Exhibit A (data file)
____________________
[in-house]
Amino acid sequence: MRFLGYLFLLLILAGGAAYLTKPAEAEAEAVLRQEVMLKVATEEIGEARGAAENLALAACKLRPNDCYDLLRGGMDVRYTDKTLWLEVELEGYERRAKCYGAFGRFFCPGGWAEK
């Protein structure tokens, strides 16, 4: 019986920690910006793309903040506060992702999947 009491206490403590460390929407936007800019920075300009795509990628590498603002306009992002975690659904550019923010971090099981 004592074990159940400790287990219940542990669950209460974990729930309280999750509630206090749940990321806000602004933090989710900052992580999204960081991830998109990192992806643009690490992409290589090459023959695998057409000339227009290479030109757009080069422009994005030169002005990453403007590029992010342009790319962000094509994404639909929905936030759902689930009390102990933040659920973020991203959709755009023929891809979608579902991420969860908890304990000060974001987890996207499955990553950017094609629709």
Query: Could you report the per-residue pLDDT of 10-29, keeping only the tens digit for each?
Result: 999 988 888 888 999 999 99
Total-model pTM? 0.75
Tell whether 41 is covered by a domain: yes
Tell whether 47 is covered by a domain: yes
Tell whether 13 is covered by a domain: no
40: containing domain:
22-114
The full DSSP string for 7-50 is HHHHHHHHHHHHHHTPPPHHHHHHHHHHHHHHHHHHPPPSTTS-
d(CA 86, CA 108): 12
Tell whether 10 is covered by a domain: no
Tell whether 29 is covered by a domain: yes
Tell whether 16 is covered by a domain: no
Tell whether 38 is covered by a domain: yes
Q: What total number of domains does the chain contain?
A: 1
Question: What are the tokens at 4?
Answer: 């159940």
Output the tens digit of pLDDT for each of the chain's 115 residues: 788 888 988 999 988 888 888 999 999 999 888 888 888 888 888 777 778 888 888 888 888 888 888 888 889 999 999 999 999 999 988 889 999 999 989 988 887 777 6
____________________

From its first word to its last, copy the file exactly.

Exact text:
[in-house]
Amino acid sequence: MRFLGYLFLLLILAGGAAYLTKPAEAEAEAVLRQEVMLKVATEEIGEARGAAENLALAACKLRPNDCYDLLRGGMDVRYTDKTLWLEVELEGYERRAKCYGAFGRFFCPGGWAEK
């Protein structure tokens, strides 16, 4: 019986920690910006793309903040506060992702999947 009491206490403590460390929407936007800019920075300009795509990628590498603002306009992002975690659904550019923010971090099981 004592074990159940400790287990219940542990669950209460974990729930309280999750509630206090749940990321806000602004933090989710900052992580999204960081991830998109990192992806643009690490992409290589090459023959695998057409000339227009290479030109757009080069422009994005030169002005990453403007590029992010342009790319962000094509994404639909929905936030759902689930009390102990933040659920973020991203959709755009023929891809979608579902991420969860908890304990000060974001987890996207499955990553950017094609629709």
Query: Could you report the per-residue pLDDT of 10-29, keeping only the tens digit for each?
Result: 999 988 888 888 999 999 99
Total-model pTM? 0.75
Tell whether 41 is covered by a domain: yes
Tell whether 47 is covered by a domain: yes
Tell whether 13 is covered by a domain: no
40: containing domain:
22-114
The full DSSP string for 7-50 is HHHHHHHHHHHHHHTPPPHHHHHHHHHHHHHHHHHHPPPSTTS-
d(CA 86, CA 108): 12
Tell whether 10 is covered by a domain: no
Tell whether 29 is covered by a domain: yes
Tell whether 16 is covered by a domain: no
Tell whether 38 is covered by a domain: yes
Q: What total number of domains does the chain contain?
A: 1
Question: What are the tokens at 4?
Answer: 């159940």
Output the tens digit of pLDDT for each of the chain's 115 residues: 788 888 988 999 988 888 888 999 999 999 888 888 888 888 888 777 778 888 888 888 888 888 888 888 889 999 999 999 999 999 988 889 999 999 989 988 887 777 6